PDA form factor (was: Thoughts about iWalk)

Eugene Leitl Eugene.Leitl@lrz.uni-muenchen.de
Fri, 4 Jan 2002 19:21:27 +0100 (MET)


On Fri, 4 Jan 2002, Bill Kearney wrote:

> The single biggest reason all this hasn't been done before is battery
> life. Or lack thereof.  Followed up quickly by storage limitations and

All of these features, yes. A subset of these features, no.

> speed; both of which impact battery life.  Size is among the least of
> the hassles.

Neither weight nor size are a problem, unless you're running a power hog.
Caffeinoform gadgets are that.

> Reality check on GPS, it's not as accurate as you think.  Nor is it as

I don't think, I use GPS. It's plenty accurate for me.

> fast as you think.  Receiving GPS signals requires the ability to
> detect it's signals.  This requires line of sight access to at least
> 30 degrees of the sky.  Getting a 3D position requires even more.

Modern GPS units with hud-mounted active antenna are very adequate to the
task, and have sufficiently low power drain to not bloat your battery
overmuch. (Which actually should be a methanol fuel cell, apart from the
display another key technology missing).

> You go in a build, you don't get GPS, simple as that.  Yes,

I usually don't need GPS in buildings. I need GPS most in open,
featureless spaces.

> differential GPS does exist but requires ANOTHER receiver.  Thus we're
> back to battery life.  So unless you want to wait for your receiver to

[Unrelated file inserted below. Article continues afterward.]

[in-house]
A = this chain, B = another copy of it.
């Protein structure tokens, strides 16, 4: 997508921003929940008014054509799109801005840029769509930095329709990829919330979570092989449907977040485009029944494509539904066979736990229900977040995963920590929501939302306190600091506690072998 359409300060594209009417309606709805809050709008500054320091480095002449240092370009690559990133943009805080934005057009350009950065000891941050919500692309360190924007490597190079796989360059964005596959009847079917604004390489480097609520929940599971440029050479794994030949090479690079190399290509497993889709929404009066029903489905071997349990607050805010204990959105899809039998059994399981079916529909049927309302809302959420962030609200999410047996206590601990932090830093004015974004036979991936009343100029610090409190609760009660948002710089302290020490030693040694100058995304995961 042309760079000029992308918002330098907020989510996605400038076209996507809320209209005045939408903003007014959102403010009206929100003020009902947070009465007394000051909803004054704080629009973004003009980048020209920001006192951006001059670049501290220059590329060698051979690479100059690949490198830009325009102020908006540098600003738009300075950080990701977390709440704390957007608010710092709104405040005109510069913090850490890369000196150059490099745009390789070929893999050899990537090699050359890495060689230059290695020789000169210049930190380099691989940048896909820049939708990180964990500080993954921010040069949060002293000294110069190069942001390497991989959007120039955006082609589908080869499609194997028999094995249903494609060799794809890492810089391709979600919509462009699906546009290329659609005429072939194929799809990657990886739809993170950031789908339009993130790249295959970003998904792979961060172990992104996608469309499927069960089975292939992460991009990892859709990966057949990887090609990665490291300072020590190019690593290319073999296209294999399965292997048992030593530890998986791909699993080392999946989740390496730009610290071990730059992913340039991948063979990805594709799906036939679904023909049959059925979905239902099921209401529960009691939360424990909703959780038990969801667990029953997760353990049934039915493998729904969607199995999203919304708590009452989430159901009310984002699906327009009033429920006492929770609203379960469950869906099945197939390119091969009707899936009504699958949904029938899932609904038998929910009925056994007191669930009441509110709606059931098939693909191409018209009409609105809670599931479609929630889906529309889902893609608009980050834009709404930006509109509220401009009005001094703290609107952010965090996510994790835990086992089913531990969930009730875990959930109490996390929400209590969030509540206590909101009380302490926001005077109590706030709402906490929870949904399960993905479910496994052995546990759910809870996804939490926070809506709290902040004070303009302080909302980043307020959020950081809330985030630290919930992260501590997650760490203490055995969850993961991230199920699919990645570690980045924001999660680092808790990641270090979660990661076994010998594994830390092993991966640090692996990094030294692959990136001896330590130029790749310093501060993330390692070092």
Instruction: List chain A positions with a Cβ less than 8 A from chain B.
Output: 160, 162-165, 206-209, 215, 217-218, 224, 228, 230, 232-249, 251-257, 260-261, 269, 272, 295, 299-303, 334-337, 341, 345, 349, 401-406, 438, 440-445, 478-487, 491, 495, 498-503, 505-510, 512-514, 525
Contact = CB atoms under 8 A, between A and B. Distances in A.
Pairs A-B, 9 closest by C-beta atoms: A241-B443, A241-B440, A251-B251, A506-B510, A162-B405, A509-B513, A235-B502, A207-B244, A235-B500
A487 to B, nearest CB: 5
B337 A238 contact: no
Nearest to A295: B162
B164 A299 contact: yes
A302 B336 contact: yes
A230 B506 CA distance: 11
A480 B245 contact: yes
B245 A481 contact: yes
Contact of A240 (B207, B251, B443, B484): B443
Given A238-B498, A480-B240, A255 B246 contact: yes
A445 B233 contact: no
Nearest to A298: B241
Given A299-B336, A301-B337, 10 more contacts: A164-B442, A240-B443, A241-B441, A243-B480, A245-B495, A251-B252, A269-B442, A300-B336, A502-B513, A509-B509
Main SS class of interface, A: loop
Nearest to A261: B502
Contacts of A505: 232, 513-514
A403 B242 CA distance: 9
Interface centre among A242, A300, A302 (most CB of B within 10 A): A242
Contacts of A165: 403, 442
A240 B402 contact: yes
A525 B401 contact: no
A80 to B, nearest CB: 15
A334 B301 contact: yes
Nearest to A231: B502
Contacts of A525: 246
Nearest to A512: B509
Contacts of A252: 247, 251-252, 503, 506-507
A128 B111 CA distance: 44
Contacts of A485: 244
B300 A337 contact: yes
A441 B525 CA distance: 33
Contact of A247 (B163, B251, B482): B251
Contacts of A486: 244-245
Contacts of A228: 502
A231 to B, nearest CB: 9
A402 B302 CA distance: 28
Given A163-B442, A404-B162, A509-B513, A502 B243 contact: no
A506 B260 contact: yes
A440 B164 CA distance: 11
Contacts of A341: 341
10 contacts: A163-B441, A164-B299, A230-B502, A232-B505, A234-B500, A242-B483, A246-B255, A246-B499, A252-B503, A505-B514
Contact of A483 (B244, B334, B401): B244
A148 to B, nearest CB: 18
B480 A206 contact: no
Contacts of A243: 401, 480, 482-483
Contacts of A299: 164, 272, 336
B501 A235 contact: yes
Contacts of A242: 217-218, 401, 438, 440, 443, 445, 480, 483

> 'settle' then you have to leave it on AND have line-of-sight access to
> the sky.

Dunno, GPS works, and of course you can (and should) augment it with
inertial tracking. Which could be handy for a head tracker, too...

> Another factor to consider is health.  Any time you consider using
> something on a person you have to consider it's impact on their
> health.  People are still freaking about about high-tension lines and
> cell phones.  Personal area networks are certainly going to suffer
> from the same perceptions.  Want to get freaked out?  Put your cell
> phone near your monitor and then call it. Yeah, and you put it near
> your head, right?  No?  On a belt clip?  Hmmm, any reproductive risks?

I have no problem with a 5 W HF radiator residing in a fannypack with a
directional characteristic away from the body. On the head, no, unless
it's a Faraday hard hat.

> I'm not so keen on using a portable device in constantly networked
> environment.  The network is nowhere near as ubiquitous as that would

The network in the device cloud.

> require.  I'd just settle for one I could use casually everyday that
> didn't require being charged more than once a week.  Thus the success
> of the Palm devices.

-- Eugen* Leitl <a href="http://leitl.org">leitl</a>
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